Greg Bell: Supreme Court Refuses to Draw the Lines on Gerrymandering and Judicial Restraint

By Bell, Greg | Deseret News (Salt Lake City), July 5, 2019 | Go to article overview

Greg Bell: Supreme Court Refuses to Draw the Lines on Gerrymandering and Judicial Restraint


Bell, Greg, Deseret News (Salt Lake City)


In Rucho vs. Common Cause, a recent U.S. Supreme Court case, twin lawsuits asked the court to correct brazenly partisan gerrymandering of congressional districts by the Maryland and North Carolina legislatures. The Maryland Democrat legislative majority purposely and openly created districts to all but ensure Democrats would prevail in certain Maryland congressional districts. The Republican legislative majority in North Carolina did the same thing for its party. The elections turned out as the gerrymanderers intended.

Plaintiffs argued that these naked gerrymanders violate the U.S. Constitution by burdening the First Amendment rights of association and political activity of voters in the gerrymandered districts, deny their 14th Amendment rights of “equal protection of the laws,” and violate other provisions of the Constitution.

In a day when some courts try to remedy every wrong, we rarely see cases demonstrating such judicial restraint. When a case like Rucho reveals pronounced partisan maneuvering to control congressional election districts, one expects offended justice to right such egregious wrongs.

The other “conservative” justices joined Chief Justice John Roberts in the majority opinion ruling the gerrymander claims were non-justiciable political questions and, under the Constitution, are the jurisdiction of state legislatures and Congress — not the federal courts. Rucho made clear it does not condone racial gerrymandering, which the courts may still review.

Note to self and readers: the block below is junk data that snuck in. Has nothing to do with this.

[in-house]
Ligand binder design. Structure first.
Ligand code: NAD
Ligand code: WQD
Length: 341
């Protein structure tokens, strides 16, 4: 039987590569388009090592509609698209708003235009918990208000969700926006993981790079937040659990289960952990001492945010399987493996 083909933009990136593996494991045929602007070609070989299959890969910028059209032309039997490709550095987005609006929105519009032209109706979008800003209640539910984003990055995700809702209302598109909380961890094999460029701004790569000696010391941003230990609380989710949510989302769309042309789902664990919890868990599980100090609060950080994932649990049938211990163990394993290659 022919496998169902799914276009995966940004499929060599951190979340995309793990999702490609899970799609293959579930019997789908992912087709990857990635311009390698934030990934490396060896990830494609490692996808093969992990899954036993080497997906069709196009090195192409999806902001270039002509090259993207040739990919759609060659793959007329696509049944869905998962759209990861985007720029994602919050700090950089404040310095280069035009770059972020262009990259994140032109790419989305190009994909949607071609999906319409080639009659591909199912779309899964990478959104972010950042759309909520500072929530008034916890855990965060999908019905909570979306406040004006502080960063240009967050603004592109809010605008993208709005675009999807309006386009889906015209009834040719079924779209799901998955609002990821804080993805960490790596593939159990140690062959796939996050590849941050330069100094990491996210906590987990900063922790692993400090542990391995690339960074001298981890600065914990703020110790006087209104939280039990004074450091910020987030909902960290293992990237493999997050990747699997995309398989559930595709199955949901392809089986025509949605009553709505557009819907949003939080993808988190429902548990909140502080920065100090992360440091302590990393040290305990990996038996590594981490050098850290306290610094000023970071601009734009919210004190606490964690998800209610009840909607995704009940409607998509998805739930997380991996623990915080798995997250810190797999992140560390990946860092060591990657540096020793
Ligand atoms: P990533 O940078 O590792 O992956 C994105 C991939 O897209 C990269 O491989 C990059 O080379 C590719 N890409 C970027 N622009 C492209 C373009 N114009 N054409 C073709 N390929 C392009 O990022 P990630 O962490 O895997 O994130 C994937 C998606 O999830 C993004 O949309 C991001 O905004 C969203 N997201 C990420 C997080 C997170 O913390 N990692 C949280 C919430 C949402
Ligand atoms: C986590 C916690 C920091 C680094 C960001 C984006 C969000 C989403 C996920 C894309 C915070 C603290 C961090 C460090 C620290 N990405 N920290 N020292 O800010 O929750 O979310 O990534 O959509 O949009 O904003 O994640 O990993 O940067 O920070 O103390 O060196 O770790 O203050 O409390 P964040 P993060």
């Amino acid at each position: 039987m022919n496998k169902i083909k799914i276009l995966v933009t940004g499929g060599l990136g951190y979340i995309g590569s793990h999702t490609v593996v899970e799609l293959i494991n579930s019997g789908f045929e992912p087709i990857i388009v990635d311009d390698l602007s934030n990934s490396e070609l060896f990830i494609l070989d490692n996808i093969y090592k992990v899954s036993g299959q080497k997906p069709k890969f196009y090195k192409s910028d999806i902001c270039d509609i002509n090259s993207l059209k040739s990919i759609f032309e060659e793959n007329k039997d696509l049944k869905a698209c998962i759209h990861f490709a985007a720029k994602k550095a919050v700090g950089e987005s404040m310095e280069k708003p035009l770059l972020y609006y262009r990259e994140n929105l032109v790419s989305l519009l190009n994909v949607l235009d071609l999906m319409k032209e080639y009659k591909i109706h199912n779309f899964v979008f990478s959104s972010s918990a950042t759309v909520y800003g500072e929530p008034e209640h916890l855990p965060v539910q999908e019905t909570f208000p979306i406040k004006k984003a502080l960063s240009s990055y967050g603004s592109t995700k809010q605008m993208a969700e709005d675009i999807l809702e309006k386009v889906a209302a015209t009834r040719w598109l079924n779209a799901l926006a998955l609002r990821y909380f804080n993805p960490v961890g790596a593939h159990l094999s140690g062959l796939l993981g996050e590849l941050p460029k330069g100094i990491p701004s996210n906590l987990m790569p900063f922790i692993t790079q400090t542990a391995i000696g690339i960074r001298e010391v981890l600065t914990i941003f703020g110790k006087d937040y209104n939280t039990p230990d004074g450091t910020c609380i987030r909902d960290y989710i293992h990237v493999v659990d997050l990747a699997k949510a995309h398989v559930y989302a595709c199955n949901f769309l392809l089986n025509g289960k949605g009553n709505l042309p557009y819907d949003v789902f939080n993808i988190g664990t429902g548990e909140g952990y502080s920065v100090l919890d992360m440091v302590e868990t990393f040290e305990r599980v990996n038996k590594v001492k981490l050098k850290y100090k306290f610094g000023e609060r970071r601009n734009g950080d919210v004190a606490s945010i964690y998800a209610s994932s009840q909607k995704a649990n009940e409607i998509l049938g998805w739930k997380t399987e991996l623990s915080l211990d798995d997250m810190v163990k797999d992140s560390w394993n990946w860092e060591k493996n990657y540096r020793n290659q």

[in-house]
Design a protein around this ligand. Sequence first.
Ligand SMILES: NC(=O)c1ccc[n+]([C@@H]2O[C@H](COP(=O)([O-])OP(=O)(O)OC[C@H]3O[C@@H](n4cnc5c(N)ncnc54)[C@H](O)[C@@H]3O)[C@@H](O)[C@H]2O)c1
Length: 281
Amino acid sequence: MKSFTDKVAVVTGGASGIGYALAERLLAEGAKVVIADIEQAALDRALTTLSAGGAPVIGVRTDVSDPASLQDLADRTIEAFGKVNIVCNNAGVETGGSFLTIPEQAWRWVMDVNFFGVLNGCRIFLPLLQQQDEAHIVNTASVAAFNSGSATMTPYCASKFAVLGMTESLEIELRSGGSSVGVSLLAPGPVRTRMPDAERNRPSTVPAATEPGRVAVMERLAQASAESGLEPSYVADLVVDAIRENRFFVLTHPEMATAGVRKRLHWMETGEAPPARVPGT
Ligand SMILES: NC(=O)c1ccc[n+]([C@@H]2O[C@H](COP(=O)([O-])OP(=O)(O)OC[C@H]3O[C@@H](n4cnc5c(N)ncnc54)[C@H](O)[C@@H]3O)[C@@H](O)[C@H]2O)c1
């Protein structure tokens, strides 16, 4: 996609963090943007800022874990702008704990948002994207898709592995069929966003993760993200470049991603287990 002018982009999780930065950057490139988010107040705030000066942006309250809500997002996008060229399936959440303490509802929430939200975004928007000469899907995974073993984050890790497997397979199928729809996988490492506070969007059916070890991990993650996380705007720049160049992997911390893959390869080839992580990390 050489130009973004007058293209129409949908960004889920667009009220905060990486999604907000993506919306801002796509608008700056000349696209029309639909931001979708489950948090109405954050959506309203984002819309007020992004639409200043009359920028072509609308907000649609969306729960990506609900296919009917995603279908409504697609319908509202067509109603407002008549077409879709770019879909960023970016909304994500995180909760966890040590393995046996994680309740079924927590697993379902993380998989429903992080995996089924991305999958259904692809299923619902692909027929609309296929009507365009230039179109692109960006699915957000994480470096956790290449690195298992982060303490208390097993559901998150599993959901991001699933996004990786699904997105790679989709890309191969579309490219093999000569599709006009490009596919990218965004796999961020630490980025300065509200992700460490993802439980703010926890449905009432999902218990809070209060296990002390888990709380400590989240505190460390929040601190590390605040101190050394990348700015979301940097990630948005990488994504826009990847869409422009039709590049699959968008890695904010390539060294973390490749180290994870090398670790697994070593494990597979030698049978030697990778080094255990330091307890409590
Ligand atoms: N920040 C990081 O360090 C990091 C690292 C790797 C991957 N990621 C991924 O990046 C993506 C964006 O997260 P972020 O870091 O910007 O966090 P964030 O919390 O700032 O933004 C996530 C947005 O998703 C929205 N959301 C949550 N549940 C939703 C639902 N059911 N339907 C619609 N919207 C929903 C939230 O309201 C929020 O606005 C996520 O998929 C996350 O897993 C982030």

Critics were apoplectic. In the minority opinion, Justice Elena Kagan wrote,

“For the first time ever, this court refuses to remedy a constitutional violation because it thinks the task beyond judicial capabilities. And not just any constitutional violation. The partisan gerrymanders in these cases deprived citizens of the most fundamental of their constitutional rights: the rights to participate equally in the political process, to join with others to advance political beliefs, and to choose their political representatives.”

As compelling as Justice Kagan’s arguments are, Rucho rests on a rationale of great — although, unfortunately, waning — significance: Just because you can do something doesn’t mean you should.

The Supreme Court has long refused to hear political questions, things the voters or their elected representatives should decide. …

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